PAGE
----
Letter No 102 - The act of balancing.

Dear friend,

Have you been told 'live a balanced life'?

Work life balance.
Food balance.
Relationship balance.
Balance of expenses and income.
Balance of creative and routine.
Emotional balance.

We are told that balance is good. Balance is needed to live a healthy life.

Balance results in well-being, better health, reduced stress, healthier relationships, personal growth, financial success and a sustaineble life.

But what is this balance and how do we achieve it? How do we know when balance has been achieved? How do we continue to stay balanced?

These are questions that often overwhelm us and throw us off-balance!


They say nature finds it's own balance.

But in nature there are forest fires. There are floods. There are volcanic eruptions. Their are storms and cyclones. There are famines. These don't seem like very great acts of balance. Right?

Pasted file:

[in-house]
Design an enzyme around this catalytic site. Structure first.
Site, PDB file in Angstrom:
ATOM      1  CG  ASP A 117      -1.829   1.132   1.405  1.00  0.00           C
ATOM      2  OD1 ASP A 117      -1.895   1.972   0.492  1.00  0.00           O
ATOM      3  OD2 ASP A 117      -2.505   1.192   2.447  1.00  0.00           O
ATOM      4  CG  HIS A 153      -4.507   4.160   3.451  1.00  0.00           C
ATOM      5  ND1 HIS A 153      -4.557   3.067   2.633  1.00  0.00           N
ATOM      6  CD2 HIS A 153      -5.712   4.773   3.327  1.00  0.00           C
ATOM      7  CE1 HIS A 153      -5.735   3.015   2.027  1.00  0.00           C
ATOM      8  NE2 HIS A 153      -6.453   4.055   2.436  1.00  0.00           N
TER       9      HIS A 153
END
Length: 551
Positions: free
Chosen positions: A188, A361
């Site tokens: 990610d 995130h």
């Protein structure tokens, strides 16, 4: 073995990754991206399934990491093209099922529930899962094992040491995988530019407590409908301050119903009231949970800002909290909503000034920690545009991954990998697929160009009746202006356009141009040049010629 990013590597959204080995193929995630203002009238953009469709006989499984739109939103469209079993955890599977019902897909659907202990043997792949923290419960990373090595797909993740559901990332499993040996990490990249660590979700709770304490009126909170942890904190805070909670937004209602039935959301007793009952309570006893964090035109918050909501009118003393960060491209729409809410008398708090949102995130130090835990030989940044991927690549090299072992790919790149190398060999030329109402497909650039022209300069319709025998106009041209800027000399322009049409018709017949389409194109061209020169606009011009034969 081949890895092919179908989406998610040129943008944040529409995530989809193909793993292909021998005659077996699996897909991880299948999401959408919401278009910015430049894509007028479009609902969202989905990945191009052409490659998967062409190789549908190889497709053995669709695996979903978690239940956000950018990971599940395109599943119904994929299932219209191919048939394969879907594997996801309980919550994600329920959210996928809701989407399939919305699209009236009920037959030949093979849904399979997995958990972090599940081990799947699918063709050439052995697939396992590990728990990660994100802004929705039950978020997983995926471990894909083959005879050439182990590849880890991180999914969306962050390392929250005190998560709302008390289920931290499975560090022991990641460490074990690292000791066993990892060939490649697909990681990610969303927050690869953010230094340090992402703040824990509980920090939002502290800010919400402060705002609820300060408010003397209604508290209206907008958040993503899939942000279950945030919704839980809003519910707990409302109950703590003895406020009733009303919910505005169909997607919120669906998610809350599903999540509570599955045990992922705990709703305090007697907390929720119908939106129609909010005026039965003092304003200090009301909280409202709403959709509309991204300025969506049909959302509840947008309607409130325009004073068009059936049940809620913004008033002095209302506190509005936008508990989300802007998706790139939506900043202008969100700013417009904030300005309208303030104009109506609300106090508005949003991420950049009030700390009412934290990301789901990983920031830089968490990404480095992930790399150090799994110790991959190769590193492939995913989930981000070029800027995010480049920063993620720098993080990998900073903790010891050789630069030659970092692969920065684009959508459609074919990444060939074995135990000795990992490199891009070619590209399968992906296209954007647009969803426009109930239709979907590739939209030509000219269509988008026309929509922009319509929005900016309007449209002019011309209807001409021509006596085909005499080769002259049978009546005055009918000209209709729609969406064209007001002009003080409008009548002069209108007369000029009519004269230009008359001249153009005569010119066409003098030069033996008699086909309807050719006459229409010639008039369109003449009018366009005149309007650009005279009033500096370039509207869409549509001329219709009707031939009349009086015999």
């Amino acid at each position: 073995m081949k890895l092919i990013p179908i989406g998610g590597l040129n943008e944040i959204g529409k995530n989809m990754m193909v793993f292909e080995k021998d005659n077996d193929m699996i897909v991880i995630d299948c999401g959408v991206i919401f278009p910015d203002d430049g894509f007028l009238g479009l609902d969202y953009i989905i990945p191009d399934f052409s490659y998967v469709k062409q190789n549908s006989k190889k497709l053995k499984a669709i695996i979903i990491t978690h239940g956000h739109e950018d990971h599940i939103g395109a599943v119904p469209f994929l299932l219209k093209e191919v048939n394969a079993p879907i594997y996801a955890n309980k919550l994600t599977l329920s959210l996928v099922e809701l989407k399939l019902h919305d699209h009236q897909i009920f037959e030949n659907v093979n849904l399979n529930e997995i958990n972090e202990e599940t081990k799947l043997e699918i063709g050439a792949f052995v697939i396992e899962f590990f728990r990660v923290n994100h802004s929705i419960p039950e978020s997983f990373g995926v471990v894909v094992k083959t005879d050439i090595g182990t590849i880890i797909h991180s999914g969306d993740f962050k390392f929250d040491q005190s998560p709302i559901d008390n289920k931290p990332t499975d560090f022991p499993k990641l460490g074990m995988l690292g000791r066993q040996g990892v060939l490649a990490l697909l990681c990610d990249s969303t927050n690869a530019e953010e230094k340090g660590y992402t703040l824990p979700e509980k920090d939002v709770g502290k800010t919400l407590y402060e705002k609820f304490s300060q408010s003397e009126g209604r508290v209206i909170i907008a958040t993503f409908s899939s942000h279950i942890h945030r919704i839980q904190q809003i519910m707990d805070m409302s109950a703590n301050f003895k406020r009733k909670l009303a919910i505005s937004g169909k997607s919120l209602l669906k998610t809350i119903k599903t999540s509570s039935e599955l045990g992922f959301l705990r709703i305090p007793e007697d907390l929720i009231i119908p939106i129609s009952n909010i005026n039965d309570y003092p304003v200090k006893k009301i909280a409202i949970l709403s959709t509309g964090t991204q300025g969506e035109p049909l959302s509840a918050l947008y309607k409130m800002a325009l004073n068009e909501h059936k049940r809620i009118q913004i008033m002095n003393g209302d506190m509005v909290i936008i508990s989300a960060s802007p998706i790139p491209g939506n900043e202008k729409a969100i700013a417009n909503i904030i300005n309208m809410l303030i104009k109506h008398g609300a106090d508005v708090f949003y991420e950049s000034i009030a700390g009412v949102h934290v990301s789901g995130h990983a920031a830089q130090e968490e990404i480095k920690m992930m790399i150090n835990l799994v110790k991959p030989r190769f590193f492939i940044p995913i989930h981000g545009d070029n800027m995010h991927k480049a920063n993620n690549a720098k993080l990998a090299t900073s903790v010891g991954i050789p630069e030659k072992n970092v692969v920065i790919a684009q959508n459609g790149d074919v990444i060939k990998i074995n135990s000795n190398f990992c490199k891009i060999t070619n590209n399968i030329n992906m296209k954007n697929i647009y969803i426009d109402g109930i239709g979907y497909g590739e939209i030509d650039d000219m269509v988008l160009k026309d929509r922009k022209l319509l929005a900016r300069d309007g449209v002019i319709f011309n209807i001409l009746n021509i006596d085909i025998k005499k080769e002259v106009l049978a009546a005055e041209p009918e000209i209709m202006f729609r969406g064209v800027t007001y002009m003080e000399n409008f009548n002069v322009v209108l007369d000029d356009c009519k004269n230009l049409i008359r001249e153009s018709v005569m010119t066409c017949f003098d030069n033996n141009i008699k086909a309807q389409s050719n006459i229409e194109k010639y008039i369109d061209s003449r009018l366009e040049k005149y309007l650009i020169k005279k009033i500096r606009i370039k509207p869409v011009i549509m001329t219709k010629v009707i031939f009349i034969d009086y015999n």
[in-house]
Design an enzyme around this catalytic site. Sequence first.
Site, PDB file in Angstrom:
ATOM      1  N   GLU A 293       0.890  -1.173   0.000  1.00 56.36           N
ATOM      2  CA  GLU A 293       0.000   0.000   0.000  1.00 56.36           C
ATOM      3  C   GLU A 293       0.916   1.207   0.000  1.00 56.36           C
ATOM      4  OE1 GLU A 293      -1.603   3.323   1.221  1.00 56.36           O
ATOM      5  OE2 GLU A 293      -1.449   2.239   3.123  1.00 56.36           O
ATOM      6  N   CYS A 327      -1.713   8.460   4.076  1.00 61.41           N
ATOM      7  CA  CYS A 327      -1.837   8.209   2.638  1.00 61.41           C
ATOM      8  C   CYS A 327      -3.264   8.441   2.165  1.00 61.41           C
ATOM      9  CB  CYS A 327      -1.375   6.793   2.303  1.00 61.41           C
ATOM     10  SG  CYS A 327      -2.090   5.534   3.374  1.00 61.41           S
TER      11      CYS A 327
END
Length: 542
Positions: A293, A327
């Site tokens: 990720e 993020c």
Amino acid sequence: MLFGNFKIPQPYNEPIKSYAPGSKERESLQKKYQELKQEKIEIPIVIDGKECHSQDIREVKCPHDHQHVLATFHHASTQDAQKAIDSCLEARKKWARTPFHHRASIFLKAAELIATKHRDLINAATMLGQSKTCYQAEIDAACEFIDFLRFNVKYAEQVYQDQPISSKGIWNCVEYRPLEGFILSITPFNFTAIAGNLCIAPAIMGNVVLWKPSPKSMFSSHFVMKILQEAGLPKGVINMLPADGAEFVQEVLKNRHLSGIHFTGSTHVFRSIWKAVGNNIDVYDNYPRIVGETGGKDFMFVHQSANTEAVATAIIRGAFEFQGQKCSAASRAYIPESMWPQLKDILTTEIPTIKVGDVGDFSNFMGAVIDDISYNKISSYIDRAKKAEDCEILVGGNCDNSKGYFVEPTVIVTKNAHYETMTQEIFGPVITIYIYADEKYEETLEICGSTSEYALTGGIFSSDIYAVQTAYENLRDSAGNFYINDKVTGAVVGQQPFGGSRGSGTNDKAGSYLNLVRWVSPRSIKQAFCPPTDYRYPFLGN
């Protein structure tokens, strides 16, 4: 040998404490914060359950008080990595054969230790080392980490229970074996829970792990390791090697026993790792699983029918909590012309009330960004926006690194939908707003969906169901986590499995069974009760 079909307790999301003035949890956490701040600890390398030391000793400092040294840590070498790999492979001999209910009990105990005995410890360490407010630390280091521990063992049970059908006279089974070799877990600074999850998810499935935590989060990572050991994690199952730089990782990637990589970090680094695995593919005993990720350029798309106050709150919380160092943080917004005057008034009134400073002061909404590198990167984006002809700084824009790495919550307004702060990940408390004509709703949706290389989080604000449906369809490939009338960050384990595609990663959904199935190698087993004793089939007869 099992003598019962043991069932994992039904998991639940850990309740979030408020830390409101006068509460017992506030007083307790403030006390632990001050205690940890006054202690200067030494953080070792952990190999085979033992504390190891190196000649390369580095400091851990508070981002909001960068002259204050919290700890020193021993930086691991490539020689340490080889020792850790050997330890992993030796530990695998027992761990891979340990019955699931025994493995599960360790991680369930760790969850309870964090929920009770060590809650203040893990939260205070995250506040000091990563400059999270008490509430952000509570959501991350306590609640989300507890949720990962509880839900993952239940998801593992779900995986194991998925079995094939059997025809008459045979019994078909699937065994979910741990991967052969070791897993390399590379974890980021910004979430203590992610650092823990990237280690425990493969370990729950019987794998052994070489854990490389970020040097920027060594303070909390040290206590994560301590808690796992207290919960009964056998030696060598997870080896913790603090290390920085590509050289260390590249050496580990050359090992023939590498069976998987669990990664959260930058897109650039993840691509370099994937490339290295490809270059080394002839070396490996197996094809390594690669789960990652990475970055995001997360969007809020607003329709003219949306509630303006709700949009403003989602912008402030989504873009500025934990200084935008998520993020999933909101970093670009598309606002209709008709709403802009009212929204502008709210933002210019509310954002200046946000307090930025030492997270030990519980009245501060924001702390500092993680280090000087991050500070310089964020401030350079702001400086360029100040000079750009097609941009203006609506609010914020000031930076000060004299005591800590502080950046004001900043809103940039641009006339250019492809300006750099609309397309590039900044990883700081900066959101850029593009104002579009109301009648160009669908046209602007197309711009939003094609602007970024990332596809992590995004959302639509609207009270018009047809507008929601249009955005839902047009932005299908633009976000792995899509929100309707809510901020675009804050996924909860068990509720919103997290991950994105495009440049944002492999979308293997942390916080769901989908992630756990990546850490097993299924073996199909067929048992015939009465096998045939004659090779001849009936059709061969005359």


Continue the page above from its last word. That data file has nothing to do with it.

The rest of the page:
And all this has been a part of nature long before man developed technology and starting disrupting the environment. So is it really true that nature exists in balance?

I believe that what we must understand is that balance is not a static state of equilibrium. Balance is not a thing. Balance is a 'act'. Balance is a dynamic concept. Balance is about constantl changing. Balance is not a noun. Balance is a verb.


I woke up at 3am to write this post. My mind feels fresh and inspired early in the morning. But I don't get up every morning at 3. I woke up. My mind was buzzing with ideas for this letter. I had to get up and write. Now I will be tired in the day. I will have to compensate with some rest and make up with some sleep. I will have to find balance. Balance is an act.